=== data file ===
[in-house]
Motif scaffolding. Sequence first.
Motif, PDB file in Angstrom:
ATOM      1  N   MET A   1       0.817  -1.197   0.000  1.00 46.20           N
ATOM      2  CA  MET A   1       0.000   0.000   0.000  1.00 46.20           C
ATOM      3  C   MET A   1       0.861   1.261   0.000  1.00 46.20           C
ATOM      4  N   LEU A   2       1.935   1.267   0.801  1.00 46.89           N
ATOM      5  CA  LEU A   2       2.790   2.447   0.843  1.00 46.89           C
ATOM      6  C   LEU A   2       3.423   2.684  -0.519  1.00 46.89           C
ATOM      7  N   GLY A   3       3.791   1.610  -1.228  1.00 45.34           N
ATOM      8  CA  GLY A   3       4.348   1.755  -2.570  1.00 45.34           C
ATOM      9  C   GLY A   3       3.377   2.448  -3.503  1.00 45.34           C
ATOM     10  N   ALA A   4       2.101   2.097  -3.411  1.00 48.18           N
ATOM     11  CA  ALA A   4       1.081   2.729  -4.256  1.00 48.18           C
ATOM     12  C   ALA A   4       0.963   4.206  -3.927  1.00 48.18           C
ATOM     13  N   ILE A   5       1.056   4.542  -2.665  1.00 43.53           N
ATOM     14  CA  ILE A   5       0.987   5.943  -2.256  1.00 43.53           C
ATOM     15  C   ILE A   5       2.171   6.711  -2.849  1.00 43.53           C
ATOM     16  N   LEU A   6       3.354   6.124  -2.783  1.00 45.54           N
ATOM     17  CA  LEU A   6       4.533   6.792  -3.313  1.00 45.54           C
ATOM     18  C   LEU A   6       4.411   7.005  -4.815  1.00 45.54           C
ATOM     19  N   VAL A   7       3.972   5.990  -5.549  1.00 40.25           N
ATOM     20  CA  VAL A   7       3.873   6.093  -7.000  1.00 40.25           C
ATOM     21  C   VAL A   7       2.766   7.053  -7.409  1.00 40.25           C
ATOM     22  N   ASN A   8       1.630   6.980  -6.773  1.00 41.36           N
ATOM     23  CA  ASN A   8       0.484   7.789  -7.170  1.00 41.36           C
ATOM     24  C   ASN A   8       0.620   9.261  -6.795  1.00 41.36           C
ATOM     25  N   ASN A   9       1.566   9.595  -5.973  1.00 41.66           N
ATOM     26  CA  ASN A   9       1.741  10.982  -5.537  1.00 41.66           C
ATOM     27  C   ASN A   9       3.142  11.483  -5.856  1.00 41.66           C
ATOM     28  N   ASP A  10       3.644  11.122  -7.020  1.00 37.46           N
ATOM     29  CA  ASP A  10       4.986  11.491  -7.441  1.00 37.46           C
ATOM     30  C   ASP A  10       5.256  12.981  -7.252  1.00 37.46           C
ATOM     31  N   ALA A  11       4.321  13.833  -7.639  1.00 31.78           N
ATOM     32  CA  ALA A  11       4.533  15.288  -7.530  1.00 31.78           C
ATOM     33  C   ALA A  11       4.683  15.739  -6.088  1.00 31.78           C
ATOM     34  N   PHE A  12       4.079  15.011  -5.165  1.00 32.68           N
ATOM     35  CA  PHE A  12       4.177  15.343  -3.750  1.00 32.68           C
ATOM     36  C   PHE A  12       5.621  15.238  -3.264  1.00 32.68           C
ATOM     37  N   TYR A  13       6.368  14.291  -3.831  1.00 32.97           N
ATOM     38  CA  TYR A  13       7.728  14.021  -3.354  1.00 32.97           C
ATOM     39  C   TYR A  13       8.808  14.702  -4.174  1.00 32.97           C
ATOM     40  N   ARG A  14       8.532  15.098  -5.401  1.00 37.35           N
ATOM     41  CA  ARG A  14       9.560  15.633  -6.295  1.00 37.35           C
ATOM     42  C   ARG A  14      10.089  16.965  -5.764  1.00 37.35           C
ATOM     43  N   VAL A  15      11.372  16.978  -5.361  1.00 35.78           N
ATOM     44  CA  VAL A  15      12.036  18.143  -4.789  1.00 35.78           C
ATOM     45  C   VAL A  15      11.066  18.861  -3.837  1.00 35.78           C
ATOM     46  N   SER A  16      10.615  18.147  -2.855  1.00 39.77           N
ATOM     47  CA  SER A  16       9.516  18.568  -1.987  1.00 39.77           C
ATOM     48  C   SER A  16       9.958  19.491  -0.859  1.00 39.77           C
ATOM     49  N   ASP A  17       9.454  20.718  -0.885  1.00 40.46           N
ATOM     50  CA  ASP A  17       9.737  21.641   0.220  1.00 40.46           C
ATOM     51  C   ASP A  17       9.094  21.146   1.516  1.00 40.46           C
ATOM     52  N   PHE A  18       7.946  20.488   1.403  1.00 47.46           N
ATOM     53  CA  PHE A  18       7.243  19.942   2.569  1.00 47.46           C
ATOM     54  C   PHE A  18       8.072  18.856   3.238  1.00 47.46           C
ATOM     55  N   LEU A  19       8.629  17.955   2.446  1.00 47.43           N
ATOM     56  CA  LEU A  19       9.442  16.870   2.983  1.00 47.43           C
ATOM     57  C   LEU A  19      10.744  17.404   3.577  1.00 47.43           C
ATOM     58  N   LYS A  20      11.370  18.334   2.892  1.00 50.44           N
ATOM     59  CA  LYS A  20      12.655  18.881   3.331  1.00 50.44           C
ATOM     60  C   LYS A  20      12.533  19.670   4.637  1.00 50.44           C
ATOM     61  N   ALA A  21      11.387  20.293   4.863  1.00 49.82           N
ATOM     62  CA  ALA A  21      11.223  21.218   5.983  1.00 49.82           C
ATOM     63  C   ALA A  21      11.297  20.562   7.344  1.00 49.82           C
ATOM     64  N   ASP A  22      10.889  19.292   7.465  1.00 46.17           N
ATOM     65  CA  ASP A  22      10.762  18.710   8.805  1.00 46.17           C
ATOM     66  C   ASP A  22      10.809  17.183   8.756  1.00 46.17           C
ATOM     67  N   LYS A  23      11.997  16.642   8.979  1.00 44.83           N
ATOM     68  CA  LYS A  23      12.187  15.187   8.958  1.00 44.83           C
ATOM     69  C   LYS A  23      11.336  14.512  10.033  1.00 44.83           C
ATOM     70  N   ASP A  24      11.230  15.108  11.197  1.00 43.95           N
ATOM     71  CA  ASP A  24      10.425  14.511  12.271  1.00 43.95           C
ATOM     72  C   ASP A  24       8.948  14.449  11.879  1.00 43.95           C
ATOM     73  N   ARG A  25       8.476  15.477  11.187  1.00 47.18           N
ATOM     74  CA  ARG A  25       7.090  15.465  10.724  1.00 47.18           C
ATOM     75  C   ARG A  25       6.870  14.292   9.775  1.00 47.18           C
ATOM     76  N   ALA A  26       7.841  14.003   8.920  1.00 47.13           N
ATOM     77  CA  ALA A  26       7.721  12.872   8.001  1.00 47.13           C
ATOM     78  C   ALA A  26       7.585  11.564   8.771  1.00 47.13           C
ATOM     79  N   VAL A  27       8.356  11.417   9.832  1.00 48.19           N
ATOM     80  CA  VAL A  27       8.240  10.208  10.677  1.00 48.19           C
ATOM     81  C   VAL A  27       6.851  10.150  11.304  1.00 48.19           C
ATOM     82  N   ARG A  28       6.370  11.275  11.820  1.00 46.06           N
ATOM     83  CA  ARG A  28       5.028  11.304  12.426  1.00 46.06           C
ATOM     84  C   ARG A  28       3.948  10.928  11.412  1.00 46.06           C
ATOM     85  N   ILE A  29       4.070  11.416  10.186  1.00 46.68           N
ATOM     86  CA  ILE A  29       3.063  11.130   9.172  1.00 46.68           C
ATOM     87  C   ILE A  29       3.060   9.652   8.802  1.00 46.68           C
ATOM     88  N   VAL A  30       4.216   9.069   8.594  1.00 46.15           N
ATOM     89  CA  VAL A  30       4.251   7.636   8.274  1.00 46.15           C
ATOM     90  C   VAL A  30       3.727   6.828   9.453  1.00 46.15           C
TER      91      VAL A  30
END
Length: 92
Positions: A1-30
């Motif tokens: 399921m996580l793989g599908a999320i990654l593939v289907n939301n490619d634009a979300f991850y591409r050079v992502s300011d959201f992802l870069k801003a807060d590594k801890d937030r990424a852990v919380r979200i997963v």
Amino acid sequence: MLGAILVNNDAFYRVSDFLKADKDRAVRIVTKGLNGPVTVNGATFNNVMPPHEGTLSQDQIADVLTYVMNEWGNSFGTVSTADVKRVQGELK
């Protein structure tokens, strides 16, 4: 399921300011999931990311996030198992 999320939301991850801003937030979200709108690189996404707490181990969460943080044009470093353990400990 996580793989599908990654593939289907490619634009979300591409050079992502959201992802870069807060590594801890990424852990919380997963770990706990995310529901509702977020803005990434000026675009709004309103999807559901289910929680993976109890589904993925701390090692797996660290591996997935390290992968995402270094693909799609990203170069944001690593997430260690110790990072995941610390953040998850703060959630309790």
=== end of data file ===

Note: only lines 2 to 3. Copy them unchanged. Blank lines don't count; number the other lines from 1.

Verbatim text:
Motif scaffolding. Sequence first.
Motif, PDB file in Angstrom: